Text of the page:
Lately I’ve been doing too many things at once, and as a result not feeling like I’m doing any of them very well! It’s not a good feeling, and I should know better. Making tough priority calls is never easy because it means saying “no” to some things I’d really like to do, but in the end, being choiceful yields better results.
With that as context, when I came across this post by Leo Babauta of Zen Habits, I thought I’d share it with you. It’s a powerful idea. What one thing will YOU do well today?
Guest post by Leo Babauta.
I’m often asked how you can start doing work you love — how you can make a living doing something you’re passionate about.
I don’t profess to have all the answers, but the answer for me has been fairly simple:
Do one thing really well.
People want a more comprehensive answer than that, but in my experience, if you learn to do this, the rest will follow.
I write about simplicity. That’s all I do. Over the last 4 1/2 years of writing Zen Habits I’ve found success by focusing on that alone, and stripping away everything else that gets in the way. I’ve removed comments, I don’t do much social media (except for fun), I don’t do much email, I don’t sell ads, I don’t do consulting. I write about simplicity.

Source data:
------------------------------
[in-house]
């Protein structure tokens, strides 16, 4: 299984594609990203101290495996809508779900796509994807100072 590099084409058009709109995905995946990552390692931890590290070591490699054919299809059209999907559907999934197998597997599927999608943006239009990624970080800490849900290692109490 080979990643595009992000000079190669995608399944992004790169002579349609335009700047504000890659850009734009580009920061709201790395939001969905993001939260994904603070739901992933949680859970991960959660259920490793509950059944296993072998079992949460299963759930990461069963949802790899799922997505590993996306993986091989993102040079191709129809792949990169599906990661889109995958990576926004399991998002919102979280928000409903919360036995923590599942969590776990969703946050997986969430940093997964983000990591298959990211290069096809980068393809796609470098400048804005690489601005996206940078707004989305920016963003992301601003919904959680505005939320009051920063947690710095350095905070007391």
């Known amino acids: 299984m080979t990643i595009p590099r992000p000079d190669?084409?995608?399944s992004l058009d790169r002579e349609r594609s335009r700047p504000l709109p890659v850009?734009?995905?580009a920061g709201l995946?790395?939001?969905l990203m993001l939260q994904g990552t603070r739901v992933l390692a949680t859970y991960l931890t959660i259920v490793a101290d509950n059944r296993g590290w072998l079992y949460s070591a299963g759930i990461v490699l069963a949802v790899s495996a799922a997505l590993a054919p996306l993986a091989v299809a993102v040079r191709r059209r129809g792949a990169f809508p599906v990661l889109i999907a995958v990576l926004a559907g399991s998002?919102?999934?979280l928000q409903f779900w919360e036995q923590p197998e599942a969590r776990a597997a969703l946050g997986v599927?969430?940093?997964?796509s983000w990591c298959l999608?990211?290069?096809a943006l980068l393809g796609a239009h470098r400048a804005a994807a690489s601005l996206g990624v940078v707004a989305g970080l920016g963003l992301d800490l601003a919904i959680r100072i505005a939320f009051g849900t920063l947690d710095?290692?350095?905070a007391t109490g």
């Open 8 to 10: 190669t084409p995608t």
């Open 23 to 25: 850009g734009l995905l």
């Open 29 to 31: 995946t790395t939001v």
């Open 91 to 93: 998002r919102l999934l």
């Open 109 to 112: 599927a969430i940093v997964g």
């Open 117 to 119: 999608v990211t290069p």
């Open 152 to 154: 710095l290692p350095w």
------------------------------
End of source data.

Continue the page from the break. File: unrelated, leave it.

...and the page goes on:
By doing this one thing over and over, I’ve gotten much better at it. Good enough, anyway, for people to want to read my work, and as the audience for my work has grown, so have the opportunities to make a living in a non-spammy way. The ways I monetize (print books, ebooks, online courses) are less important than how I’ve grown the audience.
Do one thing well.
It’s really that simple. Narrow down what you do, and do it repeatedly. Learn, grow, improve, read, watch, do it some more. When you’re really good at that one thing, people will want to pay you for it, or to learn how you do it.
It takes a lot of focus and practice to get good at doing one thing, but I’ve found that if you truly love it, it’s not really work. It’s play. And I never complain about playing at something I love.